Apple Cedar Rust Infection Periods During April

Posted: May 4, 2011

Based on an infection model adapted from the APS Compendium of Apple and Pear Diseases, Cedar Rust Infection Periods at the Penn State Fruit Research and Extension Center in Biglerville were April 1, 3-5, 8-13, 16-17, 19-20, 22-24, and 27-28.

On leaves, cedar-apple rust, caused by the fungus Gymnosporangium juniperi-virginianae, first appears as small, pale yellow spots on the upper surfaces. The spots enlarge to about 1∕8 inch in diameter. Eventually, tiny, black, fruiting bodies (pycnia) become visible. Often a number of orange-yellow protuberances, called aecia, are produced in each spot on the underside of the leaf. Infected leaves may remain on the tree or may become yellowed and drop. Fruit lesions appear on the blossom (calyx) end. They are somewhat like leaf lesions but much larger and often cause fruit to become disfigured or to develop unevenly. Light brown to reddish brown galls form on the branches of red cedar. When they are dry and hard they may be 1/2 to 2 inches in diameter and are known as “cedar apples.” The galls’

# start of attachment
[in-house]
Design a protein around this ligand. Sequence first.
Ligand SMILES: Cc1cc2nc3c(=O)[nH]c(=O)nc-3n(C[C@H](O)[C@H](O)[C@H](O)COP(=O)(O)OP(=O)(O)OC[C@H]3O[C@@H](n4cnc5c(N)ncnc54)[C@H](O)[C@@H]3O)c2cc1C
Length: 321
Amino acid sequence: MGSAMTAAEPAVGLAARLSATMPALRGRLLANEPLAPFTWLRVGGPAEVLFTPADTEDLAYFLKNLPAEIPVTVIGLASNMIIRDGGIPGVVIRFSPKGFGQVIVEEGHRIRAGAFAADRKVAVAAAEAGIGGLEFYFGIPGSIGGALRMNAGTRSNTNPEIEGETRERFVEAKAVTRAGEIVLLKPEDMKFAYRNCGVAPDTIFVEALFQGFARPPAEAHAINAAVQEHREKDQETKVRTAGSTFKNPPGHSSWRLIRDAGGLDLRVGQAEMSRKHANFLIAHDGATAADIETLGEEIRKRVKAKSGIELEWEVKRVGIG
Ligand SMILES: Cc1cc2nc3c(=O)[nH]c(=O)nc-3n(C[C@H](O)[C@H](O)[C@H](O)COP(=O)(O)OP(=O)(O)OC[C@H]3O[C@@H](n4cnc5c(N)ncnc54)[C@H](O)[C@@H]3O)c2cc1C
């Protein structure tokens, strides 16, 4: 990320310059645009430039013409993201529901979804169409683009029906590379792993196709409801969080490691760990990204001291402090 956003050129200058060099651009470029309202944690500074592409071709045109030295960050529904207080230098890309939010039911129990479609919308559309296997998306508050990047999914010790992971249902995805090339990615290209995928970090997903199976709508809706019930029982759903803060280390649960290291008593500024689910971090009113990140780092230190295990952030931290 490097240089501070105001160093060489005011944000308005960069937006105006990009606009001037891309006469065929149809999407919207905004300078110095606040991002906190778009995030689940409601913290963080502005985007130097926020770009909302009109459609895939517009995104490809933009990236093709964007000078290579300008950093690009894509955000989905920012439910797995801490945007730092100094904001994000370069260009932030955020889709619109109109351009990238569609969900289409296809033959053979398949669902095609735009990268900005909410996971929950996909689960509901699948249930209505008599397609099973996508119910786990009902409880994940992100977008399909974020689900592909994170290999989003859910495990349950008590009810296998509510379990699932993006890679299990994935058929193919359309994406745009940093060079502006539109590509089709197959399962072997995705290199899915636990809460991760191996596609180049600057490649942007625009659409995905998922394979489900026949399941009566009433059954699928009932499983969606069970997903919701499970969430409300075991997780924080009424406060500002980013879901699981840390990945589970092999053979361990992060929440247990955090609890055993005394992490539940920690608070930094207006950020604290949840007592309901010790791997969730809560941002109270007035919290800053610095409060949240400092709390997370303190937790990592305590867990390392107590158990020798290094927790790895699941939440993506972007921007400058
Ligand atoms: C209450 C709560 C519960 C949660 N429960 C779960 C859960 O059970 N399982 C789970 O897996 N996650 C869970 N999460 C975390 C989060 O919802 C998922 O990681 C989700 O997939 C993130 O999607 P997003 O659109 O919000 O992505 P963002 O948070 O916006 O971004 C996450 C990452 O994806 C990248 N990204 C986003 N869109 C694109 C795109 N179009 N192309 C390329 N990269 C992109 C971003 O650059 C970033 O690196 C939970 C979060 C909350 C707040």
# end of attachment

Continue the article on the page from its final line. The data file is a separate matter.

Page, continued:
surfaces are covered with depressions much like those on a golf ball. In the spring, when the “cedar apples” become wet, a yellow, gelatinous horn (telial horn) up to 2 inches long protrudes from each depression.

Spores discharged from these gelatinous telial horns on red cedar are easily windborne, infecting apple leaves and fruit. Spore discharge begins about the pink stage of apple bloom and is usually completed in a few weeks. Following a few wet
periods, the cedar galls die. Spots on apple leaves can be seen about 10 days after infection. Visible fruit infections require a somewhat longer time. Aecia on the undersides of apple leaves or on fruit lesions themselves produce spores. Borne by winds, the spores may be carried back to the red cedar.

Details on control can be found at